Hillside council doesn’t pay Montclair councilman, accuses him of ‘no-show job’
By ERIN ROLL
A Montclair council member who works with Hillside’s government is caught up in a dispute over paying multiple officials in that township — and rebutting accusations his position there is a “no-show job.”
Fourth Ward Councilman David Cummings said he was one of three Hillside employees not yet paid for the most recent pay period — but wouldn’t say how much he gets paid. Other Hillside officials who could provide that information have either not responded to messages from Montclair Local, or have declined comment. Municipal employee salaries are a matter of public record.
The Hillside council also recently held a special meeting to pay Mayor Dahlia Vertreese and the township’s business administrator, after missing an earlier deadline to pay them, NJ.com reported last week.
The NJ.com report cited Hillside Township Council President Gerald Pateesh Freedman saying the council hadn’t yet received any information from Vertreese about job titles or duties for the three employees in her administration, and that they’re individuals the council never authorized hiring. In a press statement sent to Montclair Local, Freedman accused Cummings of having a ”no-show job.”
Cummings told Montclair Local he’s a confidential aide to the mayor, with responsibilities including communications and public relations. His status is as a part-time employee with flexible hours, he said, and he has been in that capacity since April.
“Freedman didn’t say I had a no-show job when he participated in the Hanukkah and the Christmas videos produced for the residents,” Cummings said. “He’s well aware since I’ve been there the website was rebooted, and the local Comcast and Verizon channels are up with information for the residents.”
NJ.com quoted Vertreese saying Cummings and another employee, Imo Rice, who works with Cummings in communications, make about $25,000 annually combined. The third employee was previously an administrative secretary but did not meet state Civil Service requirements for the job, so now helps with COVID-19 outreach and sending mail, at a rate of about $80,000 a year, the mayor told NJ.com.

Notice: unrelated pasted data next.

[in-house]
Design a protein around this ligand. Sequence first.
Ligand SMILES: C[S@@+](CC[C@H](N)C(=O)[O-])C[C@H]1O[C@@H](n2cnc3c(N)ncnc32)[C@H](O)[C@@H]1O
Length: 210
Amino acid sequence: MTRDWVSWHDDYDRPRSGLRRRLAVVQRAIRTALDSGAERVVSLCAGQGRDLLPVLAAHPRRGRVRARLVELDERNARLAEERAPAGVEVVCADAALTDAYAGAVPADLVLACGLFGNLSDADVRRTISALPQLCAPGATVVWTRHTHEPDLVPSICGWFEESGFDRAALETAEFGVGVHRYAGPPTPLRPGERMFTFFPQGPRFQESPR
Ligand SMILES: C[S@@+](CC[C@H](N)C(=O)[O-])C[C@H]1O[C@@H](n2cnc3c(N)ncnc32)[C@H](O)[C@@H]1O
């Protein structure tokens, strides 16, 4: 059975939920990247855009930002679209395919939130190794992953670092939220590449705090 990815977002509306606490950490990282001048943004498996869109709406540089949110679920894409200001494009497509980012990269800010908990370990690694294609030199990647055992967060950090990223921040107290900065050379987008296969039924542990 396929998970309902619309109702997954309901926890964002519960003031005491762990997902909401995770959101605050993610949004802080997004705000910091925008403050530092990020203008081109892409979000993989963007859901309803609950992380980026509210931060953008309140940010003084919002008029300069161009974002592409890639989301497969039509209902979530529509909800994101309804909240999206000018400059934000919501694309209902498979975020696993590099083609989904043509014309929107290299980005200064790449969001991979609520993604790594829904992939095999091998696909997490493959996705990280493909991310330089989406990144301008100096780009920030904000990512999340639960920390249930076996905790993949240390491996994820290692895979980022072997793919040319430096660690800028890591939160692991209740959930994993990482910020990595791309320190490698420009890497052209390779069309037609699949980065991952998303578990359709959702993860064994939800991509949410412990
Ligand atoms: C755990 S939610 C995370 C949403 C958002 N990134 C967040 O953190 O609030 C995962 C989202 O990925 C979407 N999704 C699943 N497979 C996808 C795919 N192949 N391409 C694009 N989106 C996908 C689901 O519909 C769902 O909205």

Vertreese did not return a request for comment on the matter from Montclair Local. The township’s chief financial officer declined comment, saying it was a personnel matter.
“If you get ANY answers let me know,” Freedman wrote to Montclair Local in an email. “You'll have gotten more info than the council has gotten.”
Cummings is the founder and owner of D.E.K. Strategies, a consulting firm specializing in digital media and communications for private companies and government agencies. However, he said his work with Hillside was separate from his work with D.E.K.
He said the dispute is a matter of the council in Hillside using “the budget as a weapon to prevent the mayor from having a staff to serve the residents.”
“All you have to do is watch a council meeting and you will see dysfunction and disrespect. This is not something new,” Cummings said.
Vertreese, in a Jan. 11 newsletter, criticized the council for not taking steps to pass a temporary budget, and accused the council of sowing division that disrupted the business of the town.
Freedman, in his press statement, described raises Vertreese had recently given officials, including Hillside’s business administrator, after residents faced a tax increase. He said Vertreese in recent years authorized hundreds of thousands of dollars in spending the council hadn’t approved.
The NJ.com report notes the mayor and council have sued each other multiple times in recent years over who has the authority to pay bills — with a case from last year still ongoing.
Freedman also said information on Hillside’s finances had been forwarded to the state comptroller, and told residents to “stay tuned.”
Cummings, in a separate matter, was honored this week by the Essex County Commissioners at their annual African-American History Month celebration, for decades of service to the Montclair and county communities.